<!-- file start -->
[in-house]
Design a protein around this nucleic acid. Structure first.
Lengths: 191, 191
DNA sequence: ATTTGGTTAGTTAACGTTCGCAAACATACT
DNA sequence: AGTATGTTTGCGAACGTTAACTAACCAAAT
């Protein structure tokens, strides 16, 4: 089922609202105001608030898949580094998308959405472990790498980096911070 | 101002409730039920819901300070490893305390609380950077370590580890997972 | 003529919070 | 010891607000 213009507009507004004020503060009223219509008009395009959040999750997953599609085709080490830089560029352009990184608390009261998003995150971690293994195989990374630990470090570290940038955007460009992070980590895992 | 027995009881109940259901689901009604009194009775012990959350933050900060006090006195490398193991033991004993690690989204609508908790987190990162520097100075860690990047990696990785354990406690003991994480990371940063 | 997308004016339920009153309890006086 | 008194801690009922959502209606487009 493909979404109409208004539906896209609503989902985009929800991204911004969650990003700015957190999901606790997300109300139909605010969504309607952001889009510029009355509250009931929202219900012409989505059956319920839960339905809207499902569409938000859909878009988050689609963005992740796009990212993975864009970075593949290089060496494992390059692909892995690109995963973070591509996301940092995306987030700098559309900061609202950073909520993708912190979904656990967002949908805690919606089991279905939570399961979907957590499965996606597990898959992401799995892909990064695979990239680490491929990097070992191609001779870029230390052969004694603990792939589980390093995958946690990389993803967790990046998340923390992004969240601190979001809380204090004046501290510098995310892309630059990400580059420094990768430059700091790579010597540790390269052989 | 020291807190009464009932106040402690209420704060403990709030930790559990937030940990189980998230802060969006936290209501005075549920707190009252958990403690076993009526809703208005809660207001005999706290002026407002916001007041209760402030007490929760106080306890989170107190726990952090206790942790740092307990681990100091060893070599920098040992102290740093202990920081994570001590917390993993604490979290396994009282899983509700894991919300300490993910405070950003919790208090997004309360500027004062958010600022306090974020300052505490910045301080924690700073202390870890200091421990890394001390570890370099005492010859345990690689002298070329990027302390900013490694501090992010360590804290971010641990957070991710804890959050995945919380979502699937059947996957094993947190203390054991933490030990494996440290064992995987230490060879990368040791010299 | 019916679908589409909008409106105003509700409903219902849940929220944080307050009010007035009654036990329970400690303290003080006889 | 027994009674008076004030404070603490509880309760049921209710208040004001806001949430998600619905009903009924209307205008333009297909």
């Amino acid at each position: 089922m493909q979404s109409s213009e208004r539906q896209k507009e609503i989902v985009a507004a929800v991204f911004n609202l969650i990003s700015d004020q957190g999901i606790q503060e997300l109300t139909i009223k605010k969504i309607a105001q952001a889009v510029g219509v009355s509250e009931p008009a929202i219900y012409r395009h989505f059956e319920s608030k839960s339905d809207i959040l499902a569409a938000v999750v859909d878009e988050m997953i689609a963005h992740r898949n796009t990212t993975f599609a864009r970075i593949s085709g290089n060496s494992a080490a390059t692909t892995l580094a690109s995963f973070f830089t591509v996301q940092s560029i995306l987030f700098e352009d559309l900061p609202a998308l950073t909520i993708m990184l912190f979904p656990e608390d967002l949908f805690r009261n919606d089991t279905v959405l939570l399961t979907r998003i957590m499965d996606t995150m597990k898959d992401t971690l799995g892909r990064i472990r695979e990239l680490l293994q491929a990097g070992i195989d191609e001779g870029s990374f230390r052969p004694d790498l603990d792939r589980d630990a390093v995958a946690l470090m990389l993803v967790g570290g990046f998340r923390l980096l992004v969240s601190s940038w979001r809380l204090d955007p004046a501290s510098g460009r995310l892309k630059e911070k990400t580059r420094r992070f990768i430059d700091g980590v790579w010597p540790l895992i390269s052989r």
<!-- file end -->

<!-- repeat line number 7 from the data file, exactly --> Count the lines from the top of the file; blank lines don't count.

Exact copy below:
């Amino acid at each position: 089922m493909q979404s109409s213009e208004r539906q896209k507009e609503i989902v985009a507004a929800v991204f911004n609202l969650i990003s700015d004020q957190g999901i606790q503060e997300l109300t139909i009223k605010k969504i309607a105001q952001a889009v510029g219509v009355s509250e009931p008009a929202i219900y012409r395009h989505f059956e319920s608030k839960s339905d809207i959040l499902a569409a938000v999750v859909d878009e988050m997953i689609a963005h992740r898949n796009t990212t993975f599609a864009r970075i593949s085709g290089n060496s494992a080490a390059t692909t892995l580094a690109s995963f973070f830089t591509v996301q940092s560029i995306l987030f700098e352009d559309l900061p609202a998308l950073t909520i993708m990184l912190f979904p656990e608390d967002l949908f805690r009261n919606d089991t279905v959405l939570l399961t979907r998003i957590m499965d996606t995150m597990k898959d992401t971690l799995g892909r990064i472990r695979e990239l680490l293994q491929a990097g070992i195989d191609e001779g870029s990374f230390r052969p004694d790498l603990d792939r589980d630990a390093v995958a946690l470090m990389l993803v967790g570290g990046f998340r923390l980096l992004v969240s601190s940038w979001r809380l204090d955007p004046a501290s510098g460009r995310l892309k630059e911070k990400t580059r420094r992070f990768i430059d700091g980590v790579w010597p540790l895992i390269s052989r």